Downton Abbey Lives Up To The Hype

If you have a Facebook account and more than about five Facebook friends, chances are you’ve been hearing all about the PBS hit Downton Abbey. Honestly, I’ve been slightly on the fence. I mean, I like Jane Austen, but I don’t love Jane Austen, and this show seemed to have the potential to be quite Austen-esque. I wasn’t sure if it would be a good fit for me.

However, curiosity (and multiple strong recommendations) won out and, in an effort to ensure I wasn’t left out of this cultural flurry, I decided to give Downton Abbey a try this Friday evening. It was perfect timing because Kevin was out of town, so I wouldn’t have to pester him with “girl TV.”

About 14 minutes into the first episode, I realized I was going to love this show and, a mere 36-ish hours later, I was done with Season One. I’ve now joined the many who heartily sing the praises of Downton Abbey. This is some good TV.

What are the things I love best about this lovely show? I’m so very glad you asked!:

  • The clothes. The first season of Downton Abbey spans the years 1912 through 1914, so the clothes the women wear are straddling the line between Victorian- and 20s-era garb. The Crawley ladies and their peers wear dresses and hats and jewelry that are regal and breathtaking, but not so very Victorian that they’re drowning in fabric or heavy jewels. The dresses have clean lines, often accented by long pearl necklaces.

  • Lady Grantham, played by Maggie Smith. The characters Maggie Smith portrays are always divine, but this is by far the best Maggie role yet. The Dowager Countess can always be counted on to bring a good deal of snark to just about any situation, and it’s wonderful. A few quotes worth noting:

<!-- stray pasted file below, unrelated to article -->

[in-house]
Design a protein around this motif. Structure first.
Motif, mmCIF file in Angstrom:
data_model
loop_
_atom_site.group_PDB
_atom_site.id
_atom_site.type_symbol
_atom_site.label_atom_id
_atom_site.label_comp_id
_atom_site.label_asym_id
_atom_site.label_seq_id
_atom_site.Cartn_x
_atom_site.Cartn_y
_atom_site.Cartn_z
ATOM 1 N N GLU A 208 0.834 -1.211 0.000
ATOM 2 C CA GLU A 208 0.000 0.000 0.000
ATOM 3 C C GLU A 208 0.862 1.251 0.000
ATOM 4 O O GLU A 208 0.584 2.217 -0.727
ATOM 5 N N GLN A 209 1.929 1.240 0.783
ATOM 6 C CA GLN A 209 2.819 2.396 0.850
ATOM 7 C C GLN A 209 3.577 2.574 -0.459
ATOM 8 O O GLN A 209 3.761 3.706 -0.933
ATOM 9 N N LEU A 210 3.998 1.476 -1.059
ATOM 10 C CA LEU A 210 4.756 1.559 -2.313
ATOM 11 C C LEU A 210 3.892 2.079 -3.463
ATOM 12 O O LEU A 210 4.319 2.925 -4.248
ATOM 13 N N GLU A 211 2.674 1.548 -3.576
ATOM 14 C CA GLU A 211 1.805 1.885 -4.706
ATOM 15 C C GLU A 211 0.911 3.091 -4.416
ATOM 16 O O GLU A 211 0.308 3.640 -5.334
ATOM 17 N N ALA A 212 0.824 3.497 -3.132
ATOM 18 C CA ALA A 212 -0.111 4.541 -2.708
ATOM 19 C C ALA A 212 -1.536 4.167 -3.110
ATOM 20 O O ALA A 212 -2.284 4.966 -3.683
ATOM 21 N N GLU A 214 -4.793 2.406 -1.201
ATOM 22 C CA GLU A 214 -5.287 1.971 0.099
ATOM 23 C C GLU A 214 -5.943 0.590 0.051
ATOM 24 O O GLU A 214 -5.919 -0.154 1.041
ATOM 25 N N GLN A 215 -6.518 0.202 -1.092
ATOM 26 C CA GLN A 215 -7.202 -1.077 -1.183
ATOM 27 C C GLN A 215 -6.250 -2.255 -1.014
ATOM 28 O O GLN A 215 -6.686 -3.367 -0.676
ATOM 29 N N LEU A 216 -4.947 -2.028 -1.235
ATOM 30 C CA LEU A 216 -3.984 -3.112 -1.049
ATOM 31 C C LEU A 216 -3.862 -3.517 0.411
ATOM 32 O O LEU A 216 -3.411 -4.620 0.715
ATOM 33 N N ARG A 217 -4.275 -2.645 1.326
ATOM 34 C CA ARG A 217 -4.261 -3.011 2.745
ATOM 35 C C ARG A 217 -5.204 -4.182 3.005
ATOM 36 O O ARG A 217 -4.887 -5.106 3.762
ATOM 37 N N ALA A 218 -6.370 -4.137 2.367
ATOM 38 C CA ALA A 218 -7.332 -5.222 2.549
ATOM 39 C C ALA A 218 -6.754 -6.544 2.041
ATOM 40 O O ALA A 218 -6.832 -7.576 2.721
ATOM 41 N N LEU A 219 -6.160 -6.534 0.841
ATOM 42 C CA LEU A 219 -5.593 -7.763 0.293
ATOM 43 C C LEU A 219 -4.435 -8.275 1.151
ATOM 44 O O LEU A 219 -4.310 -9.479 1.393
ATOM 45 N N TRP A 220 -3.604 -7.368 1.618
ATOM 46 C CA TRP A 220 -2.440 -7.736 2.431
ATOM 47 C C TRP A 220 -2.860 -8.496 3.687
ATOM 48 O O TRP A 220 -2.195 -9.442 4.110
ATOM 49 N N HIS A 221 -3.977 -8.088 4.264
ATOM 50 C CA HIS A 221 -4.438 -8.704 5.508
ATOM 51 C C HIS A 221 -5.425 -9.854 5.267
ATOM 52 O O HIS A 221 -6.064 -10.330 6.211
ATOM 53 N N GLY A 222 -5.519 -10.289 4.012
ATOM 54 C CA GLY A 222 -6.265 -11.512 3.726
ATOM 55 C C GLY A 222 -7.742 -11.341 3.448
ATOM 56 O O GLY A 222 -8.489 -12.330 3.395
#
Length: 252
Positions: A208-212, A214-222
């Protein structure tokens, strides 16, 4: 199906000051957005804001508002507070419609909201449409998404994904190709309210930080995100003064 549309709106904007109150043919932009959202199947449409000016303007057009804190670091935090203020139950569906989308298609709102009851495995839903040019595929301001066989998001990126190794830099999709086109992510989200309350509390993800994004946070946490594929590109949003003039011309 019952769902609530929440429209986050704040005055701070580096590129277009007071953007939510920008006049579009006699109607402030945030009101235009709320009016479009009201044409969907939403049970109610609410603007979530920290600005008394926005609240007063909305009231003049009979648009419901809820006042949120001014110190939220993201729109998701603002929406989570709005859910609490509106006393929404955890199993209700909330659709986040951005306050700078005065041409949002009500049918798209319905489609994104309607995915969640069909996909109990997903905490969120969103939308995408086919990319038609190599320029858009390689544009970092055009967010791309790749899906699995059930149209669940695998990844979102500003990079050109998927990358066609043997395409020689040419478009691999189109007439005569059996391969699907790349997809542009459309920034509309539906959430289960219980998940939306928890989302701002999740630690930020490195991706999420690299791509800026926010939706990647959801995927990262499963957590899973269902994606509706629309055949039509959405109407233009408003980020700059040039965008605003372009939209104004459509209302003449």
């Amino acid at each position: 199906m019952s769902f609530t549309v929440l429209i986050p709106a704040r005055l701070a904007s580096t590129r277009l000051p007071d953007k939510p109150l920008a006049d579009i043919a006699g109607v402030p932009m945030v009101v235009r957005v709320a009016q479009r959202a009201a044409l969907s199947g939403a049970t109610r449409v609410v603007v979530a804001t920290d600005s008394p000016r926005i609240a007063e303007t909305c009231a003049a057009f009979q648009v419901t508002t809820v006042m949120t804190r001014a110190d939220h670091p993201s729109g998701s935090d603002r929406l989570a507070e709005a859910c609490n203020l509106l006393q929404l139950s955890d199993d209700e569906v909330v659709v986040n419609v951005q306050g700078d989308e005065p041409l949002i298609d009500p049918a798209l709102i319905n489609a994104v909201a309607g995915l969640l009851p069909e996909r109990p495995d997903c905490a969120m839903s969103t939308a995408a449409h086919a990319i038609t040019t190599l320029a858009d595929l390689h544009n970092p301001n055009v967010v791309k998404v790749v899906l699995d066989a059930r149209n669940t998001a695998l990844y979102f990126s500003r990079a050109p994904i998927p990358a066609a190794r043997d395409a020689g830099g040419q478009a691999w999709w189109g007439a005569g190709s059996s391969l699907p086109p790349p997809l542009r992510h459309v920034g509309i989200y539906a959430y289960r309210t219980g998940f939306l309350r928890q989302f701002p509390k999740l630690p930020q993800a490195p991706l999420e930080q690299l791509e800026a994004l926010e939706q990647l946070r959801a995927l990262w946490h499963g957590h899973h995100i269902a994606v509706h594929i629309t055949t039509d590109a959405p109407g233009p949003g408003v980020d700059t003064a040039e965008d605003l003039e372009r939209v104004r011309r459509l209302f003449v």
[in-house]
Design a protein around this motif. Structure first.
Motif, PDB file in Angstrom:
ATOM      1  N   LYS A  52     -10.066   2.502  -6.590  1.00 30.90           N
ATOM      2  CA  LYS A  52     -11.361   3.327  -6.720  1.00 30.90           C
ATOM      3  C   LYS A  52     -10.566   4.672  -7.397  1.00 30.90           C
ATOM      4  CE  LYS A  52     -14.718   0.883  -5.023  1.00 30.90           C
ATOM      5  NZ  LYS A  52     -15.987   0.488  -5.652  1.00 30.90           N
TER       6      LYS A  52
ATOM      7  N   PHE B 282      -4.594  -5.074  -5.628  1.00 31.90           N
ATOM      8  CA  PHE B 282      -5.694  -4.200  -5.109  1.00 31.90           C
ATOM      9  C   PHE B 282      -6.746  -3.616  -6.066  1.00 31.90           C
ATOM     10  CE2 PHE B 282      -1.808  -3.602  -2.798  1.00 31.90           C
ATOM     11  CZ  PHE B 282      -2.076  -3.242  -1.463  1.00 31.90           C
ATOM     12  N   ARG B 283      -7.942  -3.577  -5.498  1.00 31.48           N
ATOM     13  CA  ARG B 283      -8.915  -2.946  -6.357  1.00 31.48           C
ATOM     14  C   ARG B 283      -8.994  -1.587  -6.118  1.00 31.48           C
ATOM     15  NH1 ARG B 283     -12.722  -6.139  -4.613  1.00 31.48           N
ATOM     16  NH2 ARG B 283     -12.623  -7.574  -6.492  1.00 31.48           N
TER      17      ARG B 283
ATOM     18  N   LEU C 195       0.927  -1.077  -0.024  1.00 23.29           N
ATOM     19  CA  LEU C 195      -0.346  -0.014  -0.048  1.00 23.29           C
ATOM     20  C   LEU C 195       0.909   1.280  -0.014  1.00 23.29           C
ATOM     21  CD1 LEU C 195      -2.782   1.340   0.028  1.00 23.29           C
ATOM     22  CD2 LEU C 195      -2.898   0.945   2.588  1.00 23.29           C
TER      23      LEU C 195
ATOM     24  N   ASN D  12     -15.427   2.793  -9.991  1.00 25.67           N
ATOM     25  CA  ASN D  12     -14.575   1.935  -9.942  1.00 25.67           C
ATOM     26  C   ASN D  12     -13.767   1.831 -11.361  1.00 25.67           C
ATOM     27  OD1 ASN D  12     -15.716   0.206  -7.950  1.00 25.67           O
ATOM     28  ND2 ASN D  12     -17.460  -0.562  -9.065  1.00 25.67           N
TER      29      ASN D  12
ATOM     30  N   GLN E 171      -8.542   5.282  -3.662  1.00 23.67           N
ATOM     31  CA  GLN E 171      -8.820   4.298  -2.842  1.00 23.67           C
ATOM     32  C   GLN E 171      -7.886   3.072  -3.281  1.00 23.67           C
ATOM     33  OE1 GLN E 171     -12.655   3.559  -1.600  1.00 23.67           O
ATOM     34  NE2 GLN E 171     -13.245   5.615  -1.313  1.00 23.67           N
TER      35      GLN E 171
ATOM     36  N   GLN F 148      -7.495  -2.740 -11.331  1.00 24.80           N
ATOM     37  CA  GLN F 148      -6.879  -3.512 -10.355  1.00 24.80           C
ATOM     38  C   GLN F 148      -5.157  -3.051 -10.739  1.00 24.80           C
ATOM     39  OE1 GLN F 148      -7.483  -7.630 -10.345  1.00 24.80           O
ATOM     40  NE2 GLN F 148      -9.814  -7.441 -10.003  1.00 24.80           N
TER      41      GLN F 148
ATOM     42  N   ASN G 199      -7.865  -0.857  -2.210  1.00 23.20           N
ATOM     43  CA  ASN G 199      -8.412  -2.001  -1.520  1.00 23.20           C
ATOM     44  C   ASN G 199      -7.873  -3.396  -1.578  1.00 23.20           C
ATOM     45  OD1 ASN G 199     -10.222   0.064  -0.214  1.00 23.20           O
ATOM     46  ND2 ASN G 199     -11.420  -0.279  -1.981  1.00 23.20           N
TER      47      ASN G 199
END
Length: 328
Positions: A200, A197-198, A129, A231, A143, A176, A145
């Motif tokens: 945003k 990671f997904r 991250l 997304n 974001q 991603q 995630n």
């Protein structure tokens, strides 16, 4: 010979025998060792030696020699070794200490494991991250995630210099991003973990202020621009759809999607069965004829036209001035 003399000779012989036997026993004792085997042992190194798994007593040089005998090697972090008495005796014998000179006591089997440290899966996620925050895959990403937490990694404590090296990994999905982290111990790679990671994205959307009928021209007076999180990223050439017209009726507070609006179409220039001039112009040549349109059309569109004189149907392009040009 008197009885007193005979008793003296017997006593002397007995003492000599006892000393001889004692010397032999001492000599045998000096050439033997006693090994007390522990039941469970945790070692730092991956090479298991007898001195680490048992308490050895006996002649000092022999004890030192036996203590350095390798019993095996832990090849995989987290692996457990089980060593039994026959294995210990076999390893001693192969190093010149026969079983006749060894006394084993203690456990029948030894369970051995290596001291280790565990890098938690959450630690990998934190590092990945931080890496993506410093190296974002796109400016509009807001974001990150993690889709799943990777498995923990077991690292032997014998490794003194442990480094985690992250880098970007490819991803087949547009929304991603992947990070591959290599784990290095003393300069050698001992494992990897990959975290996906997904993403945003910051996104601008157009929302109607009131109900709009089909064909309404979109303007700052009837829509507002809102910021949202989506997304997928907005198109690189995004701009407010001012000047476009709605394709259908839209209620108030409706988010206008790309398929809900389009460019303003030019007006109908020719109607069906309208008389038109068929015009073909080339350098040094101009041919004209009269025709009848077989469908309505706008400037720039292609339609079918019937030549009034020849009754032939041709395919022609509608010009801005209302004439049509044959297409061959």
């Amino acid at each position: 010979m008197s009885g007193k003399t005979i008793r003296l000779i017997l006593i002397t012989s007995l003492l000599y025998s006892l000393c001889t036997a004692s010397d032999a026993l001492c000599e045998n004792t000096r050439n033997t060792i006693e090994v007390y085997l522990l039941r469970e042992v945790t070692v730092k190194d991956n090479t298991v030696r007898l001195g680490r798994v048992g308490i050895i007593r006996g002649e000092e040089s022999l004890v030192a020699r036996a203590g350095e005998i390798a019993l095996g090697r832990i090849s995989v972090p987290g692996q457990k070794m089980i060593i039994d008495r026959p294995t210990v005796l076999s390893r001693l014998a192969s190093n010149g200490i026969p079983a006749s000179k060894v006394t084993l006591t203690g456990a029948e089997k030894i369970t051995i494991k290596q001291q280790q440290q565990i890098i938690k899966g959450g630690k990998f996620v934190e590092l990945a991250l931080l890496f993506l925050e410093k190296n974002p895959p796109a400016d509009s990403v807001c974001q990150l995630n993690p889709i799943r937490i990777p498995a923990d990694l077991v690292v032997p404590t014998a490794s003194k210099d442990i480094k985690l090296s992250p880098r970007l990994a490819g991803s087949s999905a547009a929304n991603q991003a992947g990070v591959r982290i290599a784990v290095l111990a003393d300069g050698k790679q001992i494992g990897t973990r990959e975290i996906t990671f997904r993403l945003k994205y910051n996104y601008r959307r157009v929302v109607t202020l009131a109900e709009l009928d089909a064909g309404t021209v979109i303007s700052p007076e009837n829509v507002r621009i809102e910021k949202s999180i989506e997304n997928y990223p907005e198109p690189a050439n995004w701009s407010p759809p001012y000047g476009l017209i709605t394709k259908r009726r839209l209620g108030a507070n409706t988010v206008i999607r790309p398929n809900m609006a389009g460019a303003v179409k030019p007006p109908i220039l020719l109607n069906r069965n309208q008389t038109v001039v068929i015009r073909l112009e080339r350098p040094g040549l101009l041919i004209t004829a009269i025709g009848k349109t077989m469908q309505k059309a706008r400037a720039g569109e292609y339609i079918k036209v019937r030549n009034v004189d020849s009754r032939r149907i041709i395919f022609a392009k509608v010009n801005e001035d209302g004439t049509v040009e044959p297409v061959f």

1. “What is a weekend?”
  2. “Last night! He looked so well. Of course it would happen to a foreigner. No Englishman would dream of dying in someone else’s house.”
  3. Lady Grantham: “You are quite wonderful the way you see room for improvement wherever you look. I never knew such reforming zeal.”
    Mrs. Crawley: “I take that as a compliment.”
    Lady Grantham: “I must’ve said it wrong.”

Someone else loves this character so much they put together a “Downton Abbey: Top 10 Maggie Moments” montage from Season One:

  • The staff’s perspective. Though some members of the Downton Abbey household staff are rather despicable (ahem, Thomas and O’Brien) the majority are lovable. The fact that the show focuses as heavily on the staff as it does the Crawley family means we’re left with a perfect balance as far as understanding this strangely foreign lifestyle that is early-1900s England from both perspectives. We cheer Gwen on as she bravely decides to leave service to pursue a career as a secretary. We cringe as poor little Daisy continues to irk Mrs. Patmore, the cook. We hold our breaths as the relationship between sweet Anna and kind Mr. Bates begins to blossom.

  • Sybil Crawley. The youngest of the three Crawley sisters, Sybil stays largely in the wings for the first half of Season One. When she emerges, though, she is so very lovable. An advocate for women’s rights (which includes assisting housemaid Gwen in her goal to become a secretary) and a soft-spoken kind soul, Sybil is easily the noblest of the Crawley girls. (She must take after her mother and father, both of whom are impossibly benevolent.)

Obviously, I highly recommend this show to those who haven’t yet been exposed to it. Season One is currently streaming on Netflix and is also available to watch on Hulu, so do yourself a favor and immerse yourself in the beautiful world of Downton Abbey for a few hours. (And, as a bonus for Arrested Development fans, once you’ve watched Season One of Downton Abbey this Tumblr will make lots of sense.)

One Comment

  1. kleeyaro

    I watched Season 1 on DVD and Season 2 on PBS. Season 3 is in production in England right now. Not sure how soon we’ll see it in the US, but since it’s been so popular, hopefully it will be airing here soon. (I’ve just started a blog about British TV – ilovebritishtv.com) Love Downton Abbey and lots of other UK shows.

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